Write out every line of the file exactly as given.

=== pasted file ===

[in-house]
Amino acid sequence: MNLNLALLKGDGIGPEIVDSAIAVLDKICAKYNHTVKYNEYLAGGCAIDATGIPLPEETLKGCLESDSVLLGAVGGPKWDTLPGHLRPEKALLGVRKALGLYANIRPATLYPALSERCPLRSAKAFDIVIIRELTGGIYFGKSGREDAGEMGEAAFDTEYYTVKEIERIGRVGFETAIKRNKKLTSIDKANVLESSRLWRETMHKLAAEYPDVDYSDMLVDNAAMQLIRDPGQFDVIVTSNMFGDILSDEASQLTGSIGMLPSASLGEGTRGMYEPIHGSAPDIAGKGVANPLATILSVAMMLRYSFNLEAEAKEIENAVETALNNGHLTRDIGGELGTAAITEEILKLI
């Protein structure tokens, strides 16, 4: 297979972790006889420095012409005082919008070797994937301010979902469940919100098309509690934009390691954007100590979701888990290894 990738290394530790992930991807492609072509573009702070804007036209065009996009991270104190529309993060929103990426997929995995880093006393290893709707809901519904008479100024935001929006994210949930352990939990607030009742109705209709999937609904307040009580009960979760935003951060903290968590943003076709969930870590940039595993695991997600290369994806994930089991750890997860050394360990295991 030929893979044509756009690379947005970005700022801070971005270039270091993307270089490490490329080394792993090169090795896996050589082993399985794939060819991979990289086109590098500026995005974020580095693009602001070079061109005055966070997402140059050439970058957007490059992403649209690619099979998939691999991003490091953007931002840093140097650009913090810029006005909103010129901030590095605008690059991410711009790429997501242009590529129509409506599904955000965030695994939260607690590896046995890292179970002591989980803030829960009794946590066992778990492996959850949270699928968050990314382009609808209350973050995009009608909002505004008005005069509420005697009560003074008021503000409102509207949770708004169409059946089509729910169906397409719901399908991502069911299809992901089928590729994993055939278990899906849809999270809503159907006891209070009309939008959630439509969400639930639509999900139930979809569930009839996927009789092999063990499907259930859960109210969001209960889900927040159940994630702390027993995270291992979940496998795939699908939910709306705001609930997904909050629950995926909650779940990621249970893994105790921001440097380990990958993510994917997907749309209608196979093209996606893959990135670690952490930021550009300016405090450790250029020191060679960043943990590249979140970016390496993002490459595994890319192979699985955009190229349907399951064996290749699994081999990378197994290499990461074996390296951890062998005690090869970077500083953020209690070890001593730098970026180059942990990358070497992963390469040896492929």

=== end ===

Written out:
[in-house]
Amino acid sequence: MNLNLALLKGDGIGPEIVDSAIAVLDKICAKYNHTVKYNEYLAGGCAIDATGIPLPEETLKGCLESDSVLLGAVGGPKWDTLPGHLRPEKALLGVRKALGLYANIRPATLYPALSERCPLRSAKAFDIVIIRELTGGIYFGKSGREDAGEMGEAAFDTEYYTVKEIERIGRVGFETAIKRNKKLTSIDKANVLESSRLWRETMHKLAAEYPDVDYSDMLVDNAAMQLIRDPGQFDVIVTSNMFGDILSDEASQLTGSIGMLPSASLGEGTRGMYEPIHGSAPDIAGKGVANPLATILSVAMMLRYSFNLEAEAKEIENAVETALNNGHLTRDIGGELGTAAITEEILKLI
């Protein structure tokens, strides 16, 4: 297979972790006889420095012409005082919008070797994937301010979902469940919100098309509690934009390691954007100590979701888990290894 990738290394530790992930991807492609072509573009702070804007036209065009996009991270104190529309993060929103990426997929995995880093006393290893709707809901519904008479100024935001929006994210949930352990939990607030009742109705209709999937609904307040009580009960979760935003951060903290968590943003076709969930870590940039595993695991997600290369994806994930089991750890997860050394360990295991 030929893979044509756009690379947005970005700022801070971005270039270091993307270089490490490329080394792993090169090795896996050589082993399985794939060819991979990289086109590098500026995005974020580095693009602001070079061109005055966070997402140059050439970058957007490059992403649209690619099979998939691999991003490091953007931002840093140097650009913090810029006005909103010129901030590095605008690059991410711009790429997501242009590529129509409506599904955000965030695994939260607690590896046995890292179970002591989980803030829960009794946590066992778990492996959850949270699928968050990314382009609808209350973050995009009608909002505004008005005069509420005697009560003074008021503000409102509207949770708004169409059946089509729910169906397409719901399908991502069911299809992901089928590729994993055939278990899906849809999270809503159907006891209070009309939008959630439509969400639930639509999900139930979809569930009839996927009789092999063990499907259930859960109210969001209960889900927040159940994630702390027993995270291992979940496998795939699908939910709306705001609930997904909050629950995926909650779940990621249970893994105790921001440097380990990958993510994917997907749309209608196979093209996606893959990135670690952490930021550009300016405090450790250029020191060679960043943990590249979140970016390496993002490459595994890319192979699985955009190229349907399951064996290749699994081999990378197994290499990461074996390296951890062998005690090869970077500083953020209690070890001593730098970026180059942990990358070497992963390469040896492929």